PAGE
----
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La Place ‘wave of expansion’ riden by Australia and Spain

Published:  24 August, 2022

Australia and Spain are at the forefront of an increasing number of ‘rest of the world’ wines that are fuelling new growth on the negociant-driven La Place de Bordeaux marketplace.

These are among the findings of the latest Liv-ex report, La Place de Bordeaux and the expanding fine wine market, which also describes an evolving secondary market as fine wine buying trends change.

Since the first outing of Chilean icon Almaviva in 1998, La Place’s embrace of non-traditional has grown to an expected 108 wines from 32 regions across 11 countries for release in the autumn’s tranche of sales. (Bordeaux, Burgundy, Champagne, the Rhône, Italy and USA have traditionally dominated the market.)

Quite how the complexion of the secondary market is changing is highlighted in the report, citing figures from Liv-ex’s own trading platform and the wider market.

Bordeaux, which accounted for 95.7% of total La Place trade as recently as 2010, has dropped to a “record low” of 34.1%, while losing its’ most traded’ status in some key Asian markets.

Conversely, the ‘rest of the world’ – non-traditional regions and labels – has grown its market share from 0.8% in 2010 to 4.6% of the total market today.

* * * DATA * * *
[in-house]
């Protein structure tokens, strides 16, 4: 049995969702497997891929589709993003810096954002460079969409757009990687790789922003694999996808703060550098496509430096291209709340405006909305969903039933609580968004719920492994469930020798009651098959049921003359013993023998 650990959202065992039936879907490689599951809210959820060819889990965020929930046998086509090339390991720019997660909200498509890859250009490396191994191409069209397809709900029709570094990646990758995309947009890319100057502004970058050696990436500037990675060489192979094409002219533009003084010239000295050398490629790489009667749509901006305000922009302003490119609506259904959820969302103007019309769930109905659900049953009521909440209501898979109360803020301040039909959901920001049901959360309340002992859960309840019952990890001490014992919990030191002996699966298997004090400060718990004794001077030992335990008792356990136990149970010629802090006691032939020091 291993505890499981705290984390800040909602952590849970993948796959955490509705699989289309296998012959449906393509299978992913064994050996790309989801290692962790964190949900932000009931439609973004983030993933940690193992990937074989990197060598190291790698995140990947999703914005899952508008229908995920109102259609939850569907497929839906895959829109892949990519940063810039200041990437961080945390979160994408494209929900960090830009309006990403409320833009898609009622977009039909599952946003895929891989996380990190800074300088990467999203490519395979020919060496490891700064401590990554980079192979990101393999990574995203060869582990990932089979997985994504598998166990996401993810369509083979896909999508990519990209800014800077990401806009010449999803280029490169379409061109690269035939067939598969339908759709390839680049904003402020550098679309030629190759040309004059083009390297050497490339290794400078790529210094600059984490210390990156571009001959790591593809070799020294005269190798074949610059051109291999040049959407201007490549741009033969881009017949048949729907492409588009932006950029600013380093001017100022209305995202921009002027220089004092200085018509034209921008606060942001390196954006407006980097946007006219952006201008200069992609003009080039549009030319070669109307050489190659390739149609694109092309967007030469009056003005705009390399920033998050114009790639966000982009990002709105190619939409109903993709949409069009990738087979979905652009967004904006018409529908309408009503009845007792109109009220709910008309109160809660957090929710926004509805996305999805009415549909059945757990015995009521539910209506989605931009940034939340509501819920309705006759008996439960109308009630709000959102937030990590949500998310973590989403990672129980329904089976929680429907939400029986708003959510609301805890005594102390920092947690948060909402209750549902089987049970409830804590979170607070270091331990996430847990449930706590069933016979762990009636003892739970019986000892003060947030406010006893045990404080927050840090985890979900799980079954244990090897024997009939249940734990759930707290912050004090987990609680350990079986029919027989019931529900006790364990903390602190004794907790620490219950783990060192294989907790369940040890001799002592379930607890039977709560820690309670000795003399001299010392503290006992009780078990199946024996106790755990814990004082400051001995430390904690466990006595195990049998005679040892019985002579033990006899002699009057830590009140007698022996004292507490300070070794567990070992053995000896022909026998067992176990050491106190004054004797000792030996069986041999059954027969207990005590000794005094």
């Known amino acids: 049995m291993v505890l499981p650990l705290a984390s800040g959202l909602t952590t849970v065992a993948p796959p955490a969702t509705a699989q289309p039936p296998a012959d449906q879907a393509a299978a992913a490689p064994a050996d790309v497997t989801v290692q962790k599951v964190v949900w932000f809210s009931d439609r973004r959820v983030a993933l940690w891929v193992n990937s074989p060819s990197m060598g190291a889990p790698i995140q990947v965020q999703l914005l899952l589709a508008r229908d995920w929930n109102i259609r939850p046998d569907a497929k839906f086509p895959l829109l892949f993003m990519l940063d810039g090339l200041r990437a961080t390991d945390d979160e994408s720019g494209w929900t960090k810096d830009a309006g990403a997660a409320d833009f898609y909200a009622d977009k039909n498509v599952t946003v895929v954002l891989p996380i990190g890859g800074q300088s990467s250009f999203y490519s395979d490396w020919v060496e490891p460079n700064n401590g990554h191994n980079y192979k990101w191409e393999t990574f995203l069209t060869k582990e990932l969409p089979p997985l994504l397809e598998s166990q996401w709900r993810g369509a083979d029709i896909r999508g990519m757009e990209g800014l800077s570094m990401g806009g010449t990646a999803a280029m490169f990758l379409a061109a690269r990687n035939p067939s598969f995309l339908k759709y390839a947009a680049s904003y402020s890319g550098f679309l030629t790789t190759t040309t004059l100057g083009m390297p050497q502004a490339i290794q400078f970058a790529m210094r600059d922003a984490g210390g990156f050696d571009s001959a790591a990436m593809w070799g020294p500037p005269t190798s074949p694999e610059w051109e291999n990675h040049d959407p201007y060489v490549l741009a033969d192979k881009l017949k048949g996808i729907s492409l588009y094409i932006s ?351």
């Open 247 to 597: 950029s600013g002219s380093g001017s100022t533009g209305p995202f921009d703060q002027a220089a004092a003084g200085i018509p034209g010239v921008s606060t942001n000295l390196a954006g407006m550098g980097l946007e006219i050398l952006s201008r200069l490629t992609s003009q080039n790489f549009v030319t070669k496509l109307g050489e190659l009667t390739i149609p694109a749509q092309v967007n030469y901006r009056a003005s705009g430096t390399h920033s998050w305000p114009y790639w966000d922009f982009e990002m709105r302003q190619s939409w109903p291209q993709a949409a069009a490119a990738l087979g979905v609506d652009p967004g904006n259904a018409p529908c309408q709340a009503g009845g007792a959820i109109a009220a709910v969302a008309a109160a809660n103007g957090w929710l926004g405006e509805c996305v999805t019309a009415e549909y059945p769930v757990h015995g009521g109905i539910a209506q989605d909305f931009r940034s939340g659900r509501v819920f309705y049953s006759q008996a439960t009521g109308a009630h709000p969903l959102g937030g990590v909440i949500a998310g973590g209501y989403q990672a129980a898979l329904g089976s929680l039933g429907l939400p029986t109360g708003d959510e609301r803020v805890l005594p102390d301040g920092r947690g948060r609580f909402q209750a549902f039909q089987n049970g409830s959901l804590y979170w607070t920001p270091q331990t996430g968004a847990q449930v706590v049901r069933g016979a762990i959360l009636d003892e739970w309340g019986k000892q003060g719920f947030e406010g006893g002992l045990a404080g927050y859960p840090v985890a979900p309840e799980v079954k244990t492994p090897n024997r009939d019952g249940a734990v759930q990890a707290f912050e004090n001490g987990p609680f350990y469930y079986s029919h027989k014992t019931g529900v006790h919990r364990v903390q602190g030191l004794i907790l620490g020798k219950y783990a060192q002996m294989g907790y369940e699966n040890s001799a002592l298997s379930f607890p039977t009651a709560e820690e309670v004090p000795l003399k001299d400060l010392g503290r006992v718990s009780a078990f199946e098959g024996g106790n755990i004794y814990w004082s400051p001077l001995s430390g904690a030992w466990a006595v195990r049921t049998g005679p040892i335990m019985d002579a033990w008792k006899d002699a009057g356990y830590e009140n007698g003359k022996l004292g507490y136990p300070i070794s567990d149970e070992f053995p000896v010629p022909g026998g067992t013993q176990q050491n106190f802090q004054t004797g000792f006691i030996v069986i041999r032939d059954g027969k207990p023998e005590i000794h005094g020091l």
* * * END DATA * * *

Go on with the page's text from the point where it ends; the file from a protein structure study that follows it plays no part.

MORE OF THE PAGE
Australia and Spain lead the pack in terms of value market share, with wines from Ribera del Duero (18.0%), Barossa Valley (9.1%) and Eden Valley (5.1%) to the fore. These are followed by: Chile’s Maipo Valley (2.7%); McLaren Vale (2.4%); Aconcagua Valley (2.1%), Priorat (1.1%), Apalta and Clare Valley (0.8% each); Barossa (0.5%); Toro (0.5%); plus 66 ‘others’ regions (7.7%).

Examples of more recent wines now being successfully released via La Place include Telmo Rodriquez Yjar (Rioja), VivaltuS (Ribera del Duero), Will Berliner’s Cloudburst (Margaret River) and Jim Barry’s The Armagh Shiraz (Clare Valley).

According to Livex, this year will also see the launch of New Zealand’s first superstar, Craggy Range, with its Le Sol Syrah and Aroha Pinot Noir. Meanwhile, countries as diverse as South Africa, Uruguay and China are already represented.

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The report cautions, though, that brand credibility has to be carefully built through “careful planning and pricing” on La Place, with buyers “increasingly aware of value” no matter where a wine’s origin.

“La Place seems to be riding the wave of expansion. At present, all players can benefit from it,” the report suggest, but with the following caution in its conclusion.

“It remains to be seen to what extent La Place, and indeed the fine wine market, will continue to expand. The more crowded it becomes, the more new arrivals might struggle to find an audience.”

Liv-ex also stresses that La Place is “not a portal to instant success” but a “useful component” in the wider development of a brand’s success.

However, with limited (and costly) quantities of the likes of Bordeaux and Burgundy available, few would bet against further expansion of the labels traded on La Place, feeding into the secondary market’s appetite for more and varied wines.